December 12, 2013
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Monday, January 05, 2009
This has nothing to do with baseball or even sports, but since a lot of sciencey types read THT, I thought it worth noting. From an AP story about the size of our galaxy:
Take that, Andromeda! For decades, astronomers thought when it came to the major galaxies in Earth's cosmic neighborhood, our Milky Way was a weak sister to the larger Andromeda. Not anymore. The Milky Way is considerably larger, bulkier and spinning faster than astronomers once thought, Andromeda's equal.
When was the last time you saw even the most basic science story describe the concept of mass as "like weight"? Mass is mass and weight is weight, and the last I checked, it was a concept that was taught in grade school. Heck, when was the last time you saw a science story that felt it necessary to explain the concept of mass at all?
I am far from an arbitration expert, but the book on the process over the years is that it is one to be avoided for several reasons.
For one thing, there is no baby splitting, meaning that if you lose, the other side's number wins, and nothing in between. Yes, this is probably intended as an incentive to deal, but if no deal is reached in the meantime, there is a lot of risk involved.
Another thing people hate about arbitration is that it forces a team to essentially poor-mouth their own player right in front of him, or at least his representative. Want to win an arbitration? You have to explain why your guy is nowhere near the player of the three or four comparables his lawyer has up on the PowerPoint. That can't be good for morale.
Finally, there are the lawyers themselves. An arbitration is an adversary proceeding, and that requires lawyers and fees and prep time and all of that, and no matter who is footing the bill, an adversary proceeding can be expensive.
So why then do the Phillies seem to insist upon entering arbitration with their young stars?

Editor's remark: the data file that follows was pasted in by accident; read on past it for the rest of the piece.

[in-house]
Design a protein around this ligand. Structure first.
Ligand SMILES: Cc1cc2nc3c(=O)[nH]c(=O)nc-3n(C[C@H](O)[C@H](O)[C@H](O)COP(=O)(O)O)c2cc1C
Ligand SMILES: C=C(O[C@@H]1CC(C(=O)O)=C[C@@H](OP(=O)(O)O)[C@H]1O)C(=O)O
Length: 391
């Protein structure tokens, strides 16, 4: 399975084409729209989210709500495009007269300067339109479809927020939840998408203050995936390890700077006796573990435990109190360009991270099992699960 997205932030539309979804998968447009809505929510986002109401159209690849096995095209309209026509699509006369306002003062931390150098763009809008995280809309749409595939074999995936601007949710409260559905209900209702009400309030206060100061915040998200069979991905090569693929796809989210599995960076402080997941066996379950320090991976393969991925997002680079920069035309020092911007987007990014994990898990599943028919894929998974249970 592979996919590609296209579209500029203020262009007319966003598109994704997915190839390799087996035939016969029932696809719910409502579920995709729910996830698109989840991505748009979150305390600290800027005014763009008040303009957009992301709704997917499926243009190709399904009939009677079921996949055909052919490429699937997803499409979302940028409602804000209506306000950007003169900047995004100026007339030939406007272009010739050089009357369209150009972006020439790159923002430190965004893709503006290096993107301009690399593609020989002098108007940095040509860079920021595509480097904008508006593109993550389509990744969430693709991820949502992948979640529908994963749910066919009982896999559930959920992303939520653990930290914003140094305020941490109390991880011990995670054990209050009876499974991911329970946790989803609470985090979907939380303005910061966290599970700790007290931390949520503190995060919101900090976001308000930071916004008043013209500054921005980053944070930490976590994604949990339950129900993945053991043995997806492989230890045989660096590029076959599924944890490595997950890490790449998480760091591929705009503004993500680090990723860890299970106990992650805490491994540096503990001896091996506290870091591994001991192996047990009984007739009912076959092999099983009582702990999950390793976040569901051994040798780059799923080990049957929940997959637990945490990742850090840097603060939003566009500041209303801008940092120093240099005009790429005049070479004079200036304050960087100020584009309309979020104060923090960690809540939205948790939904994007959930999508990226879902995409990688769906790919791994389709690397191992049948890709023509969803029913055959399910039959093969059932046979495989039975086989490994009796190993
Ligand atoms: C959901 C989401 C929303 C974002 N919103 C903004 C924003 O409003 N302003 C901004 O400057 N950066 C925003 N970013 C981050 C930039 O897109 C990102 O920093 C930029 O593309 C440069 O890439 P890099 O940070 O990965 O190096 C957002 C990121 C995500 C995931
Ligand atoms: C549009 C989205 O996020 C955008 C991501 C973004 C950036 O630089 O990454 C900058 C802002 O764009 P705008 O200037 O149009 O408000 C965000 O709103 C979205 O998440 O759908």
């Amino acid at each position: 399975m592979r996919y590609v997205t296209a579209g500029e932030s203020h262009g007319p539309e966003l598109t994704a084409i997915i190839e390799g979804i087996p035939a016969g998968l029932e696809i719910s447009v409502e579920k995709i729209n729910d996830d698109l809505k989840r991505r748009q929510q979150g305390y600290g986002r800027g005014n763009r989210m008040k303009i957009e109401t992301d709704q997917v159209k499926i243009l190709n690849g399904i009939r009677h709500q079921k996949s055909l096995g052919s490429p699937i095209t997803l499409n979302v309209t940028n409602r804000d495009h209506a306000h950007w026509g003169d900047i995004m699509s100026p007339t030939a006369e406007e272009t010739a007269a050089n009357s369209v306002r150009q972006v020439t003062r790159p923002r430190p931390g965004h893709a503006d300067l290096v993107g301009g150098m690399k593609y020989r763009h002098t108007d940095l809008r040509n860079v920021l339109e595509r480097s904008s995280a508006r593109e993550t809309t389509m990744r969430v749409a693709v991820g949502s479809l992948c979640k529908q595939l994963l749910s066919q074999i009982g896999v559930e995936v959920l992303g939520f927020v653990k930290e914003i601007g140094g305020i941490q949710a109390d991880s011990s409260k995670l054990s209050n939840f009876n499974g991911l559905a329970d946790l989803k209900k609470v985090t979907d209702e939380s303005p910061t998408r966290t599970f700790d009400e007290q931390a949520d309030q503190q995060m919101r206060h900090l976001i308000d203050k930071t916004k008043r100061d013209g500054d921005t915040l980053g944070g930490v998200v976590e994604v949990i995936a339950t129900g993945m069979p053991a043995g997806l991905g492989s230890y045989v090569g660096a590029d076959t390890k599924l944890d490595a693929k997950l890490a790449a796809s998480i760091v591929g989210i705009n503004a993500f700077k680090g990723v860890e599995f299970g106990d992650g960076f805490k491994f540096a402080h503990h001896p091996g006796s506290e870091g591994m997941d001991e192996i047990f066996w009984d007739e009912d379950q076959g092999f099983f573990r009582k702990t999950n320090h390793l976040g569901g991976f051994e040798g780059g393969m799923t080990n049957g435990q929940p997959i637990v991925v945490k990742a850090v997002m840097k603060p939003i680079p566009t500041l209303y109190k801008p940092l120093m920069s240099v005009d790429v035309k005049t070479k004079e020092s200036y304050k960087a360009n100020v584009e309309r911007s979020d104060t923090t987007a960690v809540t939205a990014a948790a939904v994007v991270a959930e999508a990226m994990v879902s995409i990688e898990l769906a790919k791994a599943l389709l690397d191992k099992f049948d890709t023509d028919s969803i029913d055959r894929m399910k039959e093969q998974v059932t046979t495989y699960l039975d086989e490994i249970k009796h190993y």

Fresh off a campaign in which Hamels established himself as one of the game's most dominant pitchers and became a World Series MVP at age 25, the young lefthander and his agent are prepared to cash in on his early success. But just how big of a payday they will reap remains to be seen. While logic says the Phillies would be prudent to lock up their young ace to a long-term deal, Hamels won't be a free agent until after the 2012 season, meaning the Phillies control his rights for the next four seasons.
I'm really not the right guy to run the numbers -- and maybe there aren't enough numbers to be run at this point -- but I wonder if there is some method to the Phillies madness or if, alternatively, they are simply penny wise and pound foolish. I mean, it's possible that someone has made a reasoned analysis that paying Hamels arbitration awards for the next three or four years and then letting him walk is a more efficient than signing him to a long term deal now. But if such an analysis exists, is it the same kind of analysis that led to the Phillies preferring Raul Ibanez over Pat Burrell? Like I said, I don't have a strong opinion here because this really isn't my area of expertise, but it certainly seems like Philadelphia is doing things differently with their young stars than any other team is.
Maybe they're right to do so -- they are the World Champs, after all -- but I wonder.
According to Rosenthal, it's two years and $16 million for Pat the Bat:
The Rays, filling their need for a power hitter, are close to signing free-agent Pat Burrell to a two-year, $16 million contract, according to major-league sources.
That a really good deal for a guy who will get on base at a .370 or .380 clip and slug .500. Much better than the one the Phillies gave to the guy who is replacing him in left.